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Old August 1, 2009, 11:53 AM   #26
Glenn E. Meyer
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I would need 130 guns to cover my house. Oh, dear - guess what I have to buy?

Carry one.
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Old August 1, 2009, 12:31 PM   #27
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Well No one really answered so I will.

Bedroom 1911 my side of bed, glock for wife on her side, Rossi carbine behind door.

Laundry room gun storage most loaded.

Upstairs office Remington 700 behind door, .25 ACP laying on my desk. There is a second floor deck on this room and I can see well over 1000yds in 3 directions. Including my gate which is 880 feet.

Upstairs bedroom Siamese Mauser 45-70 behind door. An upstairs deck covering the direction I can't see from the office. 1000 yds line of sight.

Overkill maybe. But two drug smugglers hit a cattle guard and turned their truck over less than a mile from my house last week. They walked to the nearest house and waited for the owner to come home, planning who knows what. Fortunately he is a retired state cop and was carrying his 1911. They decided they only wanted to call 911 to get a wrecker. Lots more to story but too long for here.


Sheriff response time to my house is 45 minutes minimum.
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Old August 1, 2009, 02:45 PM   #28
Oldster
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I keep my Officer's model on me at all times at home. A firearm sitting on the nightstand in the bedroom, or 10 feet away behind a door does no good if you are in the family room and someone busts down the door. With home invasions on the increase, it's not paranoia it's being prepared. I'd rather be considered paranoid and have it on me when I need it, than considered dead and it be 10 feet away from my body.
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Old August 1, 2009, 03:52 PM   #29
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There are four S&W model 10 revolvers hidden strategically in this house. There is my Charter Arms .44 Special on this desk in my office. An AR-15 is located in the master bedroom.
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Old August 1, 2009, 07:17 PM   #30
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Hiding guns throughout your house assumes that your home will be invaded while you're there. Most burglars wait until you leave the house. You might as well gift wrap your guns for them. Oh and your hiding places might fool the 16 year old smash and grabber, but your sneaky stash spots are well known in the criminal world: under the mattress, between couch cushions, under the bottom dresser drawer, in the freezer, in the toilet tank, in the pantry, in air vents, basically if you thought it was slick the bad guys already know about it because you're not the first one to try it. Please, let's not give the bad guys guns.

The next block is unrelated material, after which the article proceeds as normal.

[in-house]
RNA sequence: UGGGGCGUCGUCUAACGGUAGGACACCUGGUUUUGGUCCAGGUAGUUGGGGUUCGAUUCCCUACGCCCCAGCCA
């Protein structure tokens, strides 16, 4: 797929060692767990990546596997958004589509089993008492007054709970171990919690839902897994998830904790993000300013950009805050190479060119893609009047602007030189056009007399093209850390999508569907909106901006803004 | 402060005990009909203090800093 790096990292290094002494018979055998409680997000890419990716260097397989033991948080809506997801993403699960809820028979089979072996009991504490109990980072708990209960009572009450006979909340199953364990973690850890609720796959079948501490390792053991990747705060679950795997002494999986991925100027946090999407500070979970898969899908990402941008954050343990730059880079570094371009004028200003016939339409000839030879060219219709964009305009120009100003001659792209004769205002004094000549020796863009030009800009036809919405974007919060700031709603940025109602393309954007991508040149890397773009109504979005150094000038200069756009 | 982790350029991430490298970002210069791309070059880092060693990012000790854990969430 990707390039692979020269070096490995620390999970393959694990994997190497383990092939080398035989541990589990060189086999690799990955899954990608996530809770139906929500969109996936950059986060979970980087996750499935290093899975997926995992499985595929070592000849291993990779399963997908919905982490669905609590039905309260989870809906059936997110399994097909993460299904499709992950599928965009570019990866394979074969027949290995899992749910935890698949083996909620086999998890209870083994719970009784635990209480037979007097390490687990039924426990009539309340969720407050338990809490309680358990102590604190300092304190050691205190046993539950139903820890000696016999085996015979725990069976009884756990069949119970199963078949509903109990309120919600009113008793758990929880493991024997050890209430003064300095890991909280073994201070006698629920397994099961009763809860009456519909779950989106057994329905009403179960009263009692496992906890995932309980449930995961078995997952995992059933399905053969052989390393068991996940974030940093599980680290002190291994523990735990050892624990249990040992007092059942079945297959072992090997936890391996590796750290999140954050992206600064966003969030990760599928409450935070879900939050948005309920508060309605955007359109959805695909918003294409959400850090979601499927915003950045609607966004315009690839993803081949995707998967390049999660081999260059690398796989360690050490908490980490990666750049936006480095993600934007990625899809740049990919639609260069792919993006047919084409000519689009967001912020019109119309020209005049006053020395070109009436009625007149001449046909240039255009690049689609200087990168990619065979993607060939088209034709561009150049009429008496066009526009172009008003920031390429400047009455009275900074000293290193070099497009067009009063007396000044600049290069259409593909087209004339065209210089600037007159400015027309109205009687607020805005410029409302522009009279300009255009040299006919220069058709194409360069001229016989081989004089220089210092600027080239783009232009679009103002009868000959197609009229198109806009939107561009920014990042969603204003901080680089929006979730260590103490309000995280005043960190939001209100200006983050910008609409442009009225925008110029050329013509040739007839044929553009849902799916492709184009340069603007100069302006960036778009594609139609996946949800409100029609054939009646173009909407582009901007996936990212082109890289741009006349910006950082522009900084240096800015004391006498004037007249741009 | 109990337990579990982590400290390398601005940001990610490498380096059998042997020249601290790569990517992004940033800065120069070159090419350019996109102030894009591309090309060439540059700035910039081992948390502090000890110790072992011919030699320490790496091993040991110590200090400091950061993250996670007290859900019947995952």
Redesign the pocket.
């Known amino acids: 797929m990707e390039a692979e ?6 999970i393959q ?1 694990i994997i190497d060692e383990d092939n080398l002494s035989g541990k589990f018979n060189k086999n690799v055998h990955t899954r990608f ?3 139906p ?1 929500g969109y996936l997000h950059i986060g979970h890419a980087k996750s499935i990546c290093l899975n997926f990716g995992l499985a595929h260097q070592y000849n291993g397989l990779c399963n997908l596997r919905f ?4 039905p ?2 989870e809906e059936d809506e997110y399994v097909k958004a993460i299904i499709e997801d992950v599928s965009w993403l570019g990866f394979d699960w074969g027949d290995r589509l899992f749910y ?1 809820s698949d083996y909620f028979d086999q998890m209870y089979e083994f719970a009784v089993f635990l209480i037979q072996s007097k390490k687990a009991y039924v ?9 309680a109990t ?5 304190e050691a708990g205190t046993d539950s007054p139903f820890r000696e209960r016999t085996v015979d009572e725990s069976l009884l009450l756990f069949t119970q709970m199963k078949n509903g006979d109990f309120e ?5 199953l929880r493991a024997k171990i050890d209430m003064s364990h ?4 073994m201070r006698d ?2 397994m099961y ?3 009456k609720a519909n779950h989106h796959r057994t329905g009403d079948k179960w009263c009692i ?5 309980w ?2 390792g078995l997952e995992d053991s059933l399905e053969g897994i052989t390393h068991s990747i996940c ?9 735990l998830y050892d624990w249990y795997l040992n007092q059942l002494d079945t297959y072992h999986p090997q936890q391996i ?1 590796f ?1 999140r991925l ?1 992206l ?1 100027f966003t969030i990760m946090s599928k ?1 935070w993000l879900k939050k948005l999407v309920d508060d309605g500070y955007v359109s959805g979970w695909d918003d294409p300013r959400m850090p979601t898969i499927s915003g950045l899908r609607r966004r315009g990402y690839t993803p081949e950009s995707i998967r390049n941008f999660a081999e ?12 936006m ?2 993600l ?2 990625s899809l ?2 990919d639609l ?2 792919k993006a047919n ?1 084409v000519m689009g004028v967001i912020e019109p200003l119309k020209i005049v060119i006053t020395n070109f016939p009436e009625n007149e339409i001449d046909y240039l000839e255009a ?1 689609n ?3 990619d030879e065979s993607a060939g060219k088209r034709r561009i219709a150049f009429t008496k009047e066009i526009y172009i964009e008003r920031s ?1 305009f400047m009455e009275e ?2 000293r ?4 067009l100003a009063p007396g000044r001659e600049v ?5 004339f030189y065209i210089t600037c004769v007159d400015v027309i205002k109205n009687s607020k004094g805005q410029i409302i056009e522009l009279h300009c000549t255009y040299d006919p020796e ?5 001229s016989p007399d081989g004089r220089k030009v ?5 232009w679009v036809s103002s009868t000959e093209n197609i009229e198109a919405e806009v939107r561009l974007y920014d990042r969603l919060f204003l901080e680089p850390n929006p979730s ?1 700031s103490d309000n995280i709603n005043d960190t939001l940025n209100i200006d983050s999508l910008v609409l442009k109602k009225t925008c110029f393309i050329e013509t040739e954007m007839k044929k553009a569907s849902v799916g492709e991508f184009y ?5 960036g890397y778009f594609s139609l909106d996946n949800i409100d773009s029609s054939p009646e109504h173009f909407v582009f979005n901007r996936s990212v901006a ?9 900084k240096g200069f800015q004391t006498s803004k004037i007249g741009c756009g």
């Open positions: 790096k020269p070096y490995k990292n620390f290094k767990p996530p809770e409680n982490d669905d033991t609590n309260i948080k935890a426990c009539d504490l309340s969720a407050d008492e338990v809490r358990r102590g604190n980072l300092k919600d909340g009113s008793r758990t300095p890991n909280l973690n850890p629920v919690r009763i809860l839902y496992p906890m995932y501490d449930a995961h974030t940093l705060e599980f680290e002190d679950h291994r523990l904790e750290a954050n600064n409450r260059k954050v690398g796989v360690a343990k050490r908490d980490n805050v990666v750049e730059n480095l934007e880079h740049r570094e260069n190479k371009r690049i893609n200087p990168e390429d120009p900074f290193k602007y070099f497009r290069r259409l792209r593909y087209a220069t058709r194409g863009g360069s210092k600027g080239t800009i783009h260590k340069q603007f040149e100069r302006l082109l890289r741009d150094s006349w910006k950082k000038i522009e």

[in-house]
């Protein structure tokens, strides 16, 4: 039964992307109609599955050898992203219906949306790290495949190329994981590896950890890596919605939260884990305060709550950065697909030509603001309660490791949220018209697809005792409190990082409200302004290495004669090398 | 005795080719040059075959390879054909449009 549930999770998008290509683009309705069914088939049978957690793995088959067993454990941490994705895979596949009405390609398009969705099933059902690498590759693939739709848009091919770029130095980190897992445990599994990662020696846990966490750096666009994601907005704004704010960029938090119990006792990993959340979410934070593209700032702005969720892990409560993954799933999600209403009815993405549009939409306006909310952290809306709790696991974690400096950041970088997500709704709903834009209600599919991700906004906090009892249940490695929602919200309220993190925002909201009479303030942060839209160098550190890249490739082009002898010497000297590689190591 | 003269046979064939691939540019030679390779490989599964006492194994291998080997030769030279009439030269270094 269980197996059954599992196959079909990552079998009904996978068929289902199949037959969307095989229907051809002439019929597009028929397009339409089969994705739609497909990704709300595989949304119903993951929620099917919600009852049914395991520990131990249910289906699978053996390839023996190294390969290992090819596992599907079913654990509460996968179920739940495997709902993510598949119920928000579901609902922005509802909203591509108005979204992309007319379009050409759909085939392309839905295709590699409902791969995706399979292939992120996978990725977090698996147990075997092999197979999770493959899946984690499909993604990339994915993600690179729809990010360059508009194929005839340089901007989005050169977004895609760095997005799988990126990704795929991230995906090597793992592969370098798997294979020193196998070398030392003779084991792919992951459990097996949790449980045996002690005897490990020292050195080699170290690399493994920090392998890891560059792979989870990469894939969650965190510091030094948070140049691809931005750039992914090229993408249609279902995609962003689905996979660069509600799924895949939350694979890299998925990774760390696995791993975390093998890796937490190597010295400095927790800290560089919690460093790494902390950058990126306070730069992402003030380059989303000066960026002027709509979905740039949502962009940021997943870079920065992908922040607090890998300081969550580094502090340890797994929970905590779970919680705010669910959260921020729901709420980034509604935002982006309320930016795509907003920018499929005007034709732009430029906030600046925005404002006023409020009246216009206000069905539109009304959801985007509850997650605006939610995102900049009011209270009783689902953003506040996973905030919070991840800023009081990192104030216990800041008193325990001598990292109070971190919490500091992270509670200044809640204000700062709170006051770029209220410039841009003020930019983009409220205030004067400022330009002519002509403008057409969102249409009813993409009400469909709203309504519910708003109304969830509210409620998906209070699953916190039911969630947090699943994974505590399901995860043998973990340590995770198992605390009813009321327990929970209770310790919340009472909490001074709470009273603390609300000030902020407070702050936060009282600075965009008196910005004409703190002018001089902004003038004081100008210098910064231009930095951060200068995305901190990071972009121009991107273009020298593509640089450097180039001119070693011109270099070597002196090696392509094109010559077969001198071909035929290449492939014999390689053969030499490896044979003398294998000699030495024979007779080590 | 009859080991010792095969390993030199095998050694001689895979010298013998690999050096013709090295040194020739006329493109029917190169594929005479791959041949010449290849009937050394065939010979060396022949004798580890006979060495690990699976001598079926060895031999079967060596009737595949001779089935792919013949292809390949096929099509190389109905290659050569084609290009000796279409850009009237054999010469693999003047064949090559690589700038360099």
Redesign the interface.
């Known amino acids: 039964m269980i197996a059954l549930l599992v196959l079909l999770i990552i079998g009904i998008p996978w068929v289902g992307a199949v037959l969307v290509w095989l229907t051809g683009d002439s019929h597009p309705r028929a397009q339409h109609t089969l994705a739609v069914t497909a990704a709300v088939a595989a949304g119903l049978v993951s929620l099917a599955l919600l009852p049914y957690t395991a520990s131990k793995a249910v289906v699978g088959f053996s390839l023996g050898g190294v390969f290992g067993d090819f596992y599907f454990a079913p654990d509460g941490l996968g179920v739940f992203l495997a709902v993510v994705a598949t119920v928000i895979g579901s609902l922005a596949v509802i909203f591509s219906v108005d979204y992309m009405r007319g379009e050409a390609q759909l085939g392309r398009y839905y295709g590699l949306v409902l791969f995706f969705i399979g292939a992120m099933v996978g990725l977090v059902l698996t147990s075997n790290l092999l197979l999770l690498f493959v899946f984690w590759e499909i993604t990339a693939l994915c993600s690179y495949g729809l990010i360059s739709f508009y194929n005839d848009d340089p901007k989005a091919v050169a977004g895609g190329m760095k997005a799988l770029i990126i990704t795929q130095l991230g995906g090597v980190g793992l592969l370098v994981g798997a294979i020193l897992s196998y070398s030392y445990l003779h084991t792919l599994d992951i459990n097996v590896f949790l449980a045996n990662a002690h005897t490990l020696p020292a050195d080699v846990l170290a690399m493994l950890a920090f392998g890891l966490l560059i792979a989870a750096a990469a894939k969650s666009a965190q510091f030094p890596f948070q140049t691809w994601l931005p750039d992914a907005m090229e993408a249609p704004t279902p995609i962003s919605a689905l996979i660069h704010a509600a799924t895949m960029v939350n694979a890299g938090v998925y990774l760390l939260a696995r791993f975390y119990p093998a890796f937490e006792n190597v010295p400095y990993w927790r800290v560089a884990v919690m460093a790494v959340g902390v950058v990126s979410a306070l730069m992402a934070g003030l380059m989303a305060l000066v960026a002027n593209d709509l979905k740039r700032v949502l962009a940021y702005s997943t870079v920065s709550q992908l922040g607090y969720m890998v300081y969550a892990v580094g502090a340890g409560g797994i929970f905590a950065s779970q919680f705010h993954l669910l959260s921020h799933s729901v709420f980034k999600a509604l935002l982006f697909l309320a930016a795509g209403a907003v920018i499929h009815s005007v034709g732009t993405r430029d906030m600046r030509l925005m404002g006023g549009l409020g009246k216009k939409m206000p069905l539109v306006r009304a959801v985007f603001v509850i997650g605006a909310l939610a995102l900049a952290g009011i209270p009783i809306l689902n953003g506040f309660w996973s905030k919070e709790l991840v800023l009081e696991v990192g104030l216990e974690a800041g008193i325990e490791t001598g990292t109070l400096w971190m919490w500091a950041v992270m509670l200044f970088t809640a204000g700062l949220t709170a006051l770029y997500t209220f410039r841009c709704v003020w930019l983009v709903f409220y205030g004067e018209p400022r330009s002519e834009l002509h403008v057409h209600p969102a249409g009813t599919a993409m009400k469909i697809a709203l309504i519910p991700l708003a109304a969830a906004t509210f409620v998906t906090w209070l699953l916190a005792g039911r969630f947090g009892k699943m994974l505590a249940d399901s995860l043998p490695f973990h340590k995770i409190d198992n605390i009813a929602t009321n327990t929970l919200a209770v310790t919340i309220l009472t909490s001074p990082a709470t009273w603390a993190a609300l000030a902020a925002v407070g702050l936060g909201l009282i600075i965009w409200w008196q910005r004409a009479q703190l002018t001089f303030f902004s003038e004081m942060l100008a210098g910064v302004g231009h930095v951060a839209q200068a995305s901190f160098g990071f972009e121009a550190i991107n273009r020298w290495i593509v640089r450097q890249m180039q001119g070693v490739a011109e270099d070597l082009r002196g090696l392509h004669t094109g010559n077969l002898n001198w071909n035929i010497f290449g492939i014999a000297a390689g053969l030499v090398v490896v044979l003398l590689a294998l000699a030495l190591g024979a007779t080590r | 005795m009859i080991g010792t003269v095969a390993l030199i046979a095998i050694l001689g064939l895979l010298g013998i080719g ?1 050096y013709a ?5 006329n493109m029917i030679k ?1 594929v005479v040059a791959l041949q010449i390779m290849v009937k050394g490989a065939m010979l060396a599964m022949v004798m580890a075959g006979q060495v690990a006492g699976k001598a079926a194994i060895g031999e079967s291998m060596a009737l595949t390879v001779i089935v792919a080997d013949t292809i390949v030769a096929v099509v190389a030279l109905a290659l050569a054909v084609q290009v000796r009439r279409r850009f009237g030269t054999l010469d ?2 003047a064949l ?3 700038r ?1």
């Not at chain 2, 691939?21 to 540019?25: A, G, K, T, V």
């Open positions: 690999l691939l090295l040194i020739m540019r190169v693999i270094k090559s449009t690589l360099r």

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Old August 1, 2009, 07:41 PM   #31
thallub
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Quote:
Please, let's not give the bad guys guns.

Had one burglary in 1986. They stole everything of value except guns, they never touched a gun. Twice in my long lifetime I have defended my family and my home from armed home invaders. Came out on top both times thanks to guns that were easily accessible. I am not changing what works for me, burglars be darned.
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Old August 1, 2009, 07:57 PM   #32
firespectrum
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Came out on top both times thanks to guns that were easily accessible.
On your hip is about as easily accessible as it gets.
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Old August 1, 2009, 09:25 PM   #33
Tom Servo
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Does a Garand on the kitchen table count?

There are effective ways to hide and distribute weapons at choke points; I wouldn't divulge where mine are on the internet if I did, though.

I usually have my carry gun next to the coffee while I'm at my desk. I have a rifle within about ten steps if I should need it.

Of course, the only two ways into my house involve climbing a long, creaky wooden staircase, so I'm likely to have some warning.
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Old August 1, 2009, 11:55 PM   #34
Doug S
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Interesting thread. I had something happen a few weeks back that turned out to be nothing (at least nothing that I can logically explain), but at the time I thought someone was in the house (and very close to me). I won't bore you with the "strange" details, but it really made me aware of the fact that without my gun on me, I wouldn't have had time to get the gun.
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Old August 2, 2009, 02:59 AM   #35
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Where to stash your defensive tools

The deeper your defensive perimeter, the longer it takes for an invader to get into your house, therefore you have more time to retrieve your phone, flashlight baseball bat/gun/taser/whatever.

So, deepen and harden your perimeter defenses.

Most people will be adequately protected with their defense tools in two places, maybe three.

Bedroom, where you are when many burglaries take place.
Close to where you are when opening the door to visitors, delivery persons, etc. where a home invader might be ringing your doorbell.
The room (aside from the bedroom) where you spend most of your time when not sleeping.

I have often thought that this would be a good place to stash a gun:

Cut a hole in a sheetrock wall, put your gun in the space between the studs and then patch the hole with styrofoam, spackle and paint to match the original wall. Done properly, the patch will be invisible, but the styrofoam can be broken out instantly and easily.